Paster to Step Down from Full-Time Role at WPP
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Paster to Step Down from Full-Time Role at WPP

Howard Paster, who is responsible for WPP’s public relations and public affairs operations, has stepped down from the board of the company and plans to stop working full time at the end of the year.

Paul Holmes

LONDON—Howard Paster, who is responsible for WPP’s public relations and public affairs operations, has stepped down from the board of the company and plans to stop working full time at the end of the year.

Paster, who was chief executive of Hill & Knowlton before taking on broader responsibility for WPP’s entire PR portfolio—including Burson-Marsteller, Cohn & Wolfe and Ogilvy Public Relations—in August of 2002, says he told WPP chief Martin Sorrell that he wanted to stop working at the end of the year, and that it made sense for him to step down now because the entire board was standing for re-election at the company’s annual meeting.

“It was illogical for me to stand for re-election to the board knowing I’d resign at year’s end,” says Paster. “By December I will have worked for WPP for 17 of the last 18 years, which creates deep and lasting ties.” He described the move as a “personal decision reached more than a year ago. I turn 62 in December and have two grandchildren who I do not see enough.”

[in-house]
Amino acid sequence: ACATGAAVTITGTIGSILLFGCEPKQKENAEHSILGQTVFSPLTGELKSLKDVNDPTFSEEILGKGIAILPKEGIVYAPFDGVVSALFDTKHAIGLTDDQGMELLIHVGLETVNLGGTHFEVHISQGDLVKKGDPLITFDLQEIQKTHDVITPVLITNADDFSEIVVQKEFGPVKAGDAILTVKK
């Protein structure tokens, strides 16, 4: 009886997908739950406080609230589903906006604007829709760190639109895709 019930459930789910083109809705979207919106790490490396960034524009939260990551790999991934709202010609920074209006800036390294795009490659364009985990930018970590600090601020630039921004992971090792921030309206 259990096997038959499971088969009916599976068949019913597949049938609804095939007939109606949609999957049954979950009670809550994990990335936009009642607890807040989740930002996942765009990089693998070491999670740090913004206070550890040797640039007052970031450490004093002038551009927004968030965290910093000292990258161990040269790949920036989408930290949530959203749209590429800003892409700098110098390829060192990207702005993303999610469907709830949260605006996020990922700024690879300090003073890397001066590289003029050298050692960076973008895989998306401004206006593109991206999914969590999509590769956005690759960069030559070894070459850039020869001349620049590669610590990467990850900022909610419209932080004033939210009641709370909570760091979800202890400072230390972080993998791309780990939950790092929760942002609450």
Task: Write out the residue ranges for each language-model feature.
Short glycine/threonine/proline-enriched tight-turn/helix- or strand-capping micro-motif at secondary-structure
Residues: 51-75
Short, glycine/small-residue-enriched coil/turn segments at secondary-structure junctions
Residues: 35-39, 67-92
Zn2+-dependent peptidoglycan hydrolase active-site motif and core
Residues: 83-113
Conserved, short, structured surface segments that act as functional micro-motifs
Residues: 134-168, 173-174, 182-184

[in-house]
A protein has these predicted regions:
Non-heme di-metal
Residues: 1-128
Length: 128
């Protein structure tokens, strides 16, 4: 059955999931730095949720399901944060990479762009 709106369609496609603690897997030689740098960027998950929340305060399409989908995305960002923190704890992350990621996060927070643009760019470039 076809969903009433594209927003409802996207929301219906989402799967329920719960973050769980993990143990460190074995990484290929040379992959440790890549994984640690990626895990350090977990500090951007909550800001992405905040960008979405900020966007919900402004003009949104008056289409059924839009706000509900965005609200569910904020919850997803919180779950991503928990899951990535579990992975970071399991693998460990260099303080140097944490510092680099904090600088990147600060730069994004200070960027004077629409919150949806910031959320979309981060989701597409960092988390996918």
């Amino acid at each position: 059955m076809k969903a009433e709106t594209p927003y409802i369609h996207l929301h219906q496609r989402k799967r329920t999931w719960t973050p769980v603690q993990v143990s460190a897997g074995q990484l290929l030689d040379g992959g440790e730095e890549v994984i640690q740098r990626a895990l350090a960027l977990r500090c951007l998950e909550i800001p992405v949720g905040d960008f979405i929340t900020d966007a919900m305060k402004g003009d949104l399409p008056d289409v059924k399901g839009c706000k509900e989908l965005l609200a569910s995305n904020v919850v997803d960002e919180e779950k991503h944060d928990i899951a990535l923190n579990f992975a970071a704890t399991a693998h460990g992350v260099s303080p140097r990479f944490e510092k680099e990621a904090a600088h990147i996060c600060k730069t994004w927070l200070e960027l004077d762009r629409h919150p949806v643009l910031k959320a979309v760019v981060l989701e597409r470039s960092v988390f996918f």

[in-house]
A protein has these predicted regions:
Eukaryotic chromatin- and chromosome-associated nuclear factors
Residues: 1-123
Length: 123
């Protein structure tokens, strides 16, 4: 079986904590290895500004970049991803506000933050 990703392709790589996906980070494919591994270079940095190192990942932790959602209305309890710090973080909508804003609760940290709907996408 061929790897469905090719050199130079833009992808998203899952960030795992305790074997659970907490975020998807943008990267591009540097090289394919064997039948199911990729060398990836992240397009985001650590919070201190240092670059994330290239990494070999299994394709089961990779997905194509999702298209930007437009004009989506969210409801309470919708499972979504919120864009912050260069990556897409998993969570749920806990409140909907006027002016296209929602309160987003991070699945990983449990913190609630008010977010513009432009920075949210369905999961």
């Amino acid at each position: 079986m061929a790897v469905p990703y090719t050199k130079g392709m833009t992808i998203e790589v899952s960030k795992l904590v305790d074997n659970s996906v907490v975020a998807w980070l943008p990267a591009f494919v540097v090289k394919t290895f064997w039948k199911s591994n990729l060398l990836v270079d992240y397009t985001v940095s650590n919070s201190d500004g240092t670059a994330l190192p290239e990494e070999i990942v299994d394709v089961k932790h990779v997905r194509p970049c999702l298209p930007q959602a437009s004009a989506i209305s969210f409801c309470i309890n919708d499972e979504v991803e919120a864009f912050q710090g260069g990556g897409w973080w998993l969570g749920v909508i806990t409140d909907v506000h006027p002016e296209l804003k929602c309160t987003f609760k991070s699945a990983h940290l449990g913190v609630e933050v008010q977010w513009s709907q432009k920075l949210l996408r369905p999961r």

Before joining Hill & Knowlton to lead the firm’s turnaround following several difficult years in the late 80s and early 90s, Paster had served as an assistant to President Bill Clinton and director of the White House Office of Legislative Affairs. He is also a member of the board of trustees of Tuskegee University, president of the Little League Foundation and a member of the Council on Foreign Relations.

Paster says he expects to continue working with WPP is a part-time or consultative role. He could also return to politics, if Senator Hilary Clinton decides to make a run for the Democratic presidential nomination.

Also at the general meeting, WPP announced revenue growth of 17 percent and organic revenue growth of 4.5 percent for the first five months of 2006, with the U.K. the only region not to show double-digit growth. Advertising and media investment management was up more than 11 percent; information, insight and consultancy was up almost 8 percent and public relations and public affairs was up more than 8 percent.

 

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